Date
17 October 2018
Despite the overall robust demand for property in China, home prices edged up just marginally in northeast China amid population outflows, low private investment and a poor job market. Photo: China.com.cn
Despite the overall robust demand for property in China, home prices edged up just marginally in northeast China amid population outflows, low private investment and a poor job market. Photo: China.com.cn

Northeast China: The toughest nut to crack

Northeast China, a former heavy industry hub, is in deep trouble as the country struggles to transform its economy.

The three northeastern provinces — Liaoning, Jilin, Heilongjiang — used to be the heartland of China’s steel, energy, chemical, heavy machinery, automobile, shipbuilding, airplane and defense sectors.

But a lot of these industries have been mired in excess capacity as China’s economic growth has moderated over the years.

Private sector investment in the three provinces slumped 30 percent in the first three quarters last year from the year before, according to an official of the National Development and Reform Commission.

By contrast, private investment rose 2.5 percent nationwide, showing how seriously northeast China is lagging behind.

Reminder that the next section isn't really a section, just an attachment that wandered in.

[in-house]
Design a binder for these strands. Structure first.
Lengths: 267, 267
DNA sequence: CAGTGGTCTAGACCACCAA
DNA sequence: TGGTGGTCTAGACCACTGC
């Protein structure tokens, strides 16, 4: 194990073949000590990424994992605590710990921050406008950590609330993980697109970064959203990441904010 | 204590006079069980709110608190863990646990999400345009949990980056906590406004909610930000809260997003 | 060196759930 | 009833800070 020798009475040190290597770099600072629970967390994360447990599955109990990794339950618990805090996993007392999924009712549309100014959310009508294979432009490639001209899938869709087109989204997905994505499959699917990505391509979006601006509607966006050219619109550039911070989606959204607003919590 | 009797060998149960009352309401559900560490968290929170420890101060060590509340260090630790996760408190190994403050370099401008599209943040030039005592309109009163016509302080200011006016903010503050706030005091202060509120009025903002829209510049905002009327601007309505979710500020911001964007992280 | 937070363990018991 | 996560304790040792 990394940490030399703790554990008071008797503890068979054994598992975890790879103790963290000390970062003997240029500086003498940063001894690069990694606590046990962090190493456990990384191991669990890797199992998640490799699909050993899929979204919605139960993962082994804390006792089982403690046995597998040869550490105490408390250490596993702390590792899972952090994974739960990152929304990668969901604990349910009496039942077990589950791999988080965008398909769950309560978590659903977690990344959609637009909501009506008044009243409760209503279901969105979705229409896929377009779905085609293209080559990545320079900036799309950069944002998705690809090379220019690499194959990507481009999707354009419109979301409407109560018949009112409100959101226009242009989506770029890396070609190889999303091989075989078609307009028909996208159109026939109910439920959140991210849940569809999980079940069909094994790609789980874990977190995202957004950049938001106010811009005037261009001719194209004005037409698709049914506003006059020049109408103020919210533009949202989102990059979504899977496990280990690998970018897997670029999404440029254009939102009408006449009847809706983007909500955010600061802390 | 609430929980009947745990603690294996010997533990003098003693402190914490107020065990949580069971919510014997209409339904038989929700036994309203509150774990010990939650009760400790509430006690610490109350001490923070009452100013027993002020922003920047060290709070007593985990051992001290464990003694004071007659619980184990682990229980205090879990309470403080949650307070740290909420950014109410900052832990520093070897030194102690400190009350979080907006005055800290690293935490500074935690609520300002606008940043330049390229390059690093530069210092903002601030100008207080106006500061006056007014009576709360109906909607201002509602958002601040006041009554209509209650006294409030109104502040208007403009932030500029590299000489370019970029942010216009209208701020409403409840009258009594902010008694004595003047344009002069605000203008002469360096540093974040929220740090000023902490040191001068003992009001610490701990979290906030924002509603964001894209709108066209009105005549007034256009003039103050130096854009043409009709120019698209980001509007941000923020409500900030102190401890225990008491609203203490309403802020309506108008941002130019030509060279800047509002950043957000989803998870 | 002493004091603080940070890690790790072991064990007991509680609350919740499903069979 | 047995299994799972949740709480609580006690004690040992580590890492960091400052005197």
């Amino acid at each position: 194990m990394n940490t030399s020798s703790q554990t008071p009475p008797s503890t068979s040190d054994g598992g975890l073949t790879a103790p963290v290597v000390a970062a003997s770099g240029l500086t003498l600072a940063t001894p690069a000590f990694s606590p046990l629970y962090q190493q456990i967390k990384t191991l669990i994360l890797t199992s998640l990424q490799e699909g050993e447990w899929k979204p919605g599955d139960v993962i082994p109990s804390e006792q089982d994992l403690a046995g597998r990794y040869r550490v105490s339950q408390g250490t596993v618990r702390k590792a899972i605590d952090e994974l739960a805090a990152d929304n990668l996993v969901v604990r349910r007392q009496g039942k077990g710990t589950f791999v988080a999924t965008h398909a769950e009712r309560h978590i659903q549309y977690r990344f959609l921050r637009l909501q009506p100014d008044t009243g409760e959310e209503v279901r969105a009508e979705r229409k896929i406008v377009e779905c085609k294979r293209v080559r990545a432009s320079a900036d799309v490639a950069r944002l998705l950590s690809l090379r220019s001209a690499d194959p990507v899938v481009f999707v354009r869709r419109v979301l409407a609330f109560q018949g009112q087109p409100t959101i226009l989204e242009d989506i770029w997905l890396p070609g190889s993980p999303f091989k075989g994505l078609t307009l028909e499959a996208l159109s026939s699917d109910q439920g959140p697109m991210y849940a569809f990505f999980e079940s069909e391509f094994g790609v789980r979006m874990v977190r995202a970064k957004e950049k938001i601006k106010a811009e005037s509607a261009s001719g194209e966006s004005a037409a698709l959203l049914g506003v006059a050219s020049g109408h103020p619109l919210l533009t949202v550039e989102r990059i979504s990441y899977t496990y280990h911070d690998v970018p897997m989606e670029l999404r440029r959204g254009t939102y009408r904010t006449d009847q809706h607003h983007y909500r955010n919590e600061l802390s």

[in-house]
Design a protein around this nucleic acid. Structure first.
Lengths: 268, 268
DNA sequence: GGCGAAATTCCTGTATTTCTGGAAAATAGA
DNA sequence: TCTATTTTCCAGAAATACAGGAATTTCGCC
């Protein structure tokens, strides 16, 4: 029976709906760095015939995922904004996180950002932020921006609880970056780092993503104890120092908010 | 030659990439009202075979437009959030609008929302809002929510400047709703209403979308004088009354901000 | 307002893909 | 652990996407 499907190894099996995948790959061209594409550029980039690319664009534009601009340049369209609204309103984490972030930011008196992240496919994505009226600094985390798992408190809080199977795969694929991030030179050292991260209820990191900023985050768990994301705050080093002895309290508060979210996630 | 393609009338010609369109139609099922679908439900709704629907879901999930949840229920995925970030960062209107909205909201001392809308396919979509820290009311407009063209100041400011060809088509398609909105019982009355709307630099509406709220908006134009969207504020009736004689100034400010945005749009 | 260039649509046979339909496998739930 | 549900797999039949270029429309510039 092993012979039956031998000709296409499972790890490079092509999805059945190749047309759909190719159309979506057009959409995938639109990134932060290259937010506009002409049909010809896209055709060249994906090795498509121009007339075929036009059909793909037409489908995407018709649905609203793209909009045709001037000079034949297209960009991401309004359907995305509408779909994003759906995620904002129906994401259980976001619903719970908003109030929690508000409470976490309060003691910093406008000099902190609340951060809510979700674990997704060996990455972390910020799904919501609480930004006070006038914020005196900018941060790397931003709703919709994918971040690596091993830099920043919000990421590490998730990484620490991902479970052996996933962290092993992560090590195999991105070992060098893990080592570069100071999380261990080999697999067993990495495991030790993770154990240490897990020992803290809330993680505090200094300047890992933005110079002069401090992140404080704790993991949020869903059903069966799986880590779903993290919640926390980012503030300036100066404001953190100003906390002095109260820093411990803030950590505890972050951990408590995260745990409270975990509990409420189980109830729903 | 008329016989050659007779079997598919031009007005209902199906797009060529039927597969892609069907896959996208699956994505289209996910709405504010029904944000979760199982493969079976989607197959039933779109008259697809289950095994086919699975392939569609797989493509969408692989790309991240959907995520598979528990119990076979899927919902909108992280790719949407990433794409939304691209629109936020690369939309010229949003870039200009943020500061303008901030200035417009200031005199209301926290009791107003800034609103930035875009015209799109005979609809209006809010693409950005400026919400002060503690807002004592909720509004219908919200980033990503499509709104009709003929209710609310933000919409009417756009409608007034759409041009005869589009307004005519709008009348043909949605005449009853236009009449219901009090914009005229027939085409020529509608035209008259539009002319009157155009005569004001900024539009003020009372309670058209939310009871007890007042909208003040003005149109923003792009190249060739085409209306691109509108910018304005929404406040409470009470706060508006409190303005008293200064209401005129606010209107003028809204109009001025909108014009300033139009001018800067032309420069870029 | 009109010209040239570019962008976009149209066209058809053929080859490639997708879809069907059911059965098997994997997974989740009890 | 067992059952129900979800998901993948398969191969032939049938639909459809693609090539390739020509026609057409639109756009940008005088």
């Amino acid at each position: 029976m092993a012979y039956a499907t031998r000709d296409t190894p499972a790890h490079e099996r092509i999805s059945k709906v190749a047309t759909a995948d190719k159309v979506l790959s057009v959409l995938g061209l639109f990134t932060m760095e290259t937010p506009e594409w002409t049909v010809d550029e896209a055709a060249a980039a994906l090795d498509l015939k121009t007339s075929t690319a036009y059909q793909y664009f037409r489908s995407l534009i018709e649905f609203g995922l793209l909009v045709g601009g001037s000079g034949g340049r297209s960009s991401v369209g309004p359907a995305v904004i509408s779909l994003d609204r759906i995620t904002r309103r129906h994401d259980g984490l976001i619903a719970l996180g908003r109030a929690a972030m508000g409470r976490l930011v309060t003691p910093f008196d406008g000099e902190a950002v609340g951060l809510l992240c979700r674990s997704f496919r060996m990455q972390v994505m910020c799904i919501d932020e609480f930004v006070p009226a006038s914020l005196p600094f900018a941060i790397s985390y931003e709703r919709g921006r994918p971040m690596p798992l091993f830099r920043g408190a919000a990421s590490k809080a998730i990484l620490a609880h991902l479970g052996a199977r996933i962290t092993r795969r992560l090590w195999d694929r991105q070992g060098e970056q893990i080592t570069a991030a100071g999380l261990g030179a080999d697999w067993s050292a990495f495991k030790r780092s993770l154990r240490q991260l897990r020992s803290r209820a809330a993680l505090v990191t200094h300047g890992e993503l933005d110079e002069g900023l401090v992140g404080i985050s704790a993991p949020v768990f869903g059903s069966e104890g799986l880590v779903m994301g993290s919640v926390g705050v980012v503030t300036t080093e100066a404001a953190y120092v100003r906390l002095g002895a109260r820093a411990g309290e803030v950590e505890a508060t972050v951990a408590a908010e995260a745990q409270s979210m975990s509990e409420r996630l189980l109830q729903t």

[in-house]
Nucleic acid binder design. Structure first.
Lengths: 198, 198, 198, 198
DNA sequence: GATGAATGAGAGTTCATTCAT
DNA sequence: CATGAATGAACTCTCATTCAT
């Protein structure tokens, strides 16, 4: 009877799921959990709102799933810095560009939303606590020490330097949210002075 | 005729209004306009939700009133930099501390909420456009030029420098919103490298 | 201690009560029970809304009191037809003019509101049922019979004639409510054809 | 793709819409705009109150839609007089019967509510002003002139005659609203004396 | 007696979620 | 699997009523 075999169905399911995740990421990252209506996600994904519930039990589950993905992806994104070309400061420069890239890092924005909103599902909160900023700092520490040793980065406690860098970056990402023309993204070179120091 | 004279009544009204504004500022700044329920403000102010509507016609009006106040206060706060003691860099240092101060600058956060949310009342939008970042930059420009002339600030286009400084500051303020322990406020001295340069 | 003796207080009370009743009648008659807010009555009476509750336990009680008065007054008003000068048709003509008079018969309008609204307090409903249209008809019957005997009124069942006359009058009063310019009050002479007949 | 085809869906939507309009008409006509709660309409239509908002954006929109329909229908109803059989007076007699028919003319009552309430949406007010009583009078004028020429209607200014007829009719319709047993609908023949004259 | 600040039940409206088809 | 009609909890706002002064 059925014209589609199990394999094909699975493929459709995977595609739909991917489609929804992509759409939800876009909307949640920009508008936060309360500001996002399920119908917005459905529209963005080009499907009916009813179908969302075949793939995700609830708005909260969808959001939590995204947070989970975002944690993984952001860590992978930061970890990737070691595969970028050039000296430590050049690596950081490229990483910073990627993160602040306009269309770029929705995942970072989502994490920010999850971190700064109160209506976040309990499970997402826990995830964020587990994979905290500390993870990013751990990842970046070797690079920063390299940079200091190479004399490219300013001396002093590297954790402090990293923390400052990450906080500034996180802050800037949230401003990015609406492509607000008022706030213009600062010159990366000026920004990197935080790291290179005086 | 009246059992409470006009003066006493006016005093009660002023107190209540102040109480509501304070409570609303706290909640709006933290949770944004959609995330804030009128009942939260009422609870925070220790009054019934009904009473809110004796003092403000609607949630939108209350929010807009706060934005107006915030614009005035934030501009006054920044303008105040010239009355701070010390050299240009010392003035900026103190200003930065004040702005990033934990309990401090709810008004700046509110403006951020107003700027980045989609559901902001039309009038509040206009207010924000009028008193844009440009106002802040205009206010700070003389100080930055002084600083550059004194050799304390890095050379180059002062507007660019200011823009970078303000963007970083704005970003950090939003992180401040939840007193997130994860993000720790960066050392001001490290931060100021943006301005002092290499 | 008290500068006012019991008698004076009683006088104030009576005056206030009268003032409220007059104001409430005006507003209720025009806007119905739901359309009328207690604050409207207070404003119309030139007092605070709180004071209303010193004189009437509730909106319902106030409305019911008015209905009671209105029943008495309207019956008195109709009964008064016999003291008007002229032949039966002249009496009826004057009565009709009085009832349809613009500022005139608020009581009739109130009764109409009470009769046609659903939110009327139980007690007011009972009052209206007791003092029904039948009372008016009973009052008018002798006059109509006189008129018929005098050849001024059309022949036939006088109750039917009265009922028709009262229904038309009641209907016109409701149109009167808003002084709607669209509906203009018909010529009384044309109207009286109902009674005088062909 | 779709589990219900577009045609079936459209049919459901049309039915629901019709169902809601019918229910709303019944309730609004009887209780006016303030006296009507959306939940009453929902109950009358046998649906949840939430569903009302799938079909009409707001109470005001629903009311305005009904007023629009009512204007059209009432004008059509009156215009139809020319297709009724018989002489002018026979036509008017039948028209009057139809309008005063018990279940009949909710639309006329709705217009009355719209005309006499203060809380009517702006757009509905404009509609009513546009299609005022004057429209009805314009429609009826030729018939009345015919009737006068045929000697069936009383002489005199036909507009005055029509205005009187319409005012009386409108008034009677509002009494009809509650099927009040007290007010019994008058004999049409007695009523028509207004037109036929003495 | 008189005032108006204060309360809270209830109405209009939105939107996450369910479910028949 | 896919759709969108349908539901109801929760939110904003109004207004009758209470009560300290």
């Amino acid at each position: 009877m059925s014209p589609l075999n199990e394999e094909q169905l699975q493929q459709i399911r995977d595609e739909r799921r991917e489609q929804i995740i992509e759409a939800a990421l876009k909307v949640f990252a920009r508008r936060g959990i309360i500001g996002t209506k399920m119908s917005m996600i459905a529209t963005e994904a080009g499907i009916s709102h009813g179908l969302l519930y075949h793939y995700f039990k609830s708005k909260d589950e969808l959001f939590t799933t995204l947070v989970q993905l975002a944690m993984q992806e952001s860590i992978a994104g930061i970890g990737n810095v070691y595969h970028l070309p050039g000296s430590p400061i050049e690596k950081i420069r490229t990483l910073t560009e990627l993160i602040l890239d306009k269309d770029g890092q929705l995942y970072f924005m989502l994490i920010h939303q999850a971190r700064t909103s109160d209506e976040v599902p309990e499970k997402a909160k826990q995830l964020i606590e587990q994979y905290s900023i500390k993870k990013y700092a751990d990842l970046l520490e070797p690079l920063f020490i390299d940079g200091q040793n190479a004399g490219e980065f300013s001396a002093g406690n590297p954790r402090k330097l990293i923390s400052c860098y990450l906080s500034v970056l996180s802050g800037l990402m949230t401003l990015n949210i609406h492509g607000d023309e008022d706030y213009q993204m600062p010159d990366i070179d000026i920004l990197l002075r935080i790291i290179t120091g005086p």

Weak investment has set off a vicious cycle. When companies are reluctant to invest, fewer jobs will be created. When job opportunities are scarce, young locals have to leave their hometowns to find jobs elsewhere.

The northeast region recorded a net population outflow of two million in 2010 compared with a net inflow of 360,000 in 2000.

Population outflow drains the local talent pool, hurts consumption and depresses home prices.

Shenyang, Changchun and Harbin, capital cities of Liaoning, Jilin and Heilongjiang, respectively, rank in the bottom part of the home price growth chart.

The property market was red-hot last year. Top-tier cities did tremendously well and some second-tier cities like Hefei, Xiamen and Nanjing posted more than 40 percent home price gain.

Home prices in Shenyang, Changchun and Harbin rose between 1.6 percent and 3.5 percent, ranking 47th, 51st and 60th among 70 medium-sized to big cities.

The housing sector is a key pillar of China’s economy. But northeast provinces can hardly count on building more homes to prop up the regional economy when the population and the job market are simply not supportive.

The topic has been talked about for many years but it seems little progress has been achieved. The government has pledged to step up efforts.

Reviving northeast China will be critical to the country’s successful economic transformation, as well as to the fate of major state-owned firms in the region, including China First Heavy Industries (601106.CN), Dalian Huarui Heavy Industry Group Co. (002204.CN), Fushun Special Steel (600399.CN), Harbin Electric Co. (01133.HK) and Northeast Electric Development Co. (00042.HK).

This article appeared in the Hong Kong Economic Journal on Jan. 13

Translation by Julie Zhu

[Chinese version 中文版]

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RT/RA

HKEJ columnist

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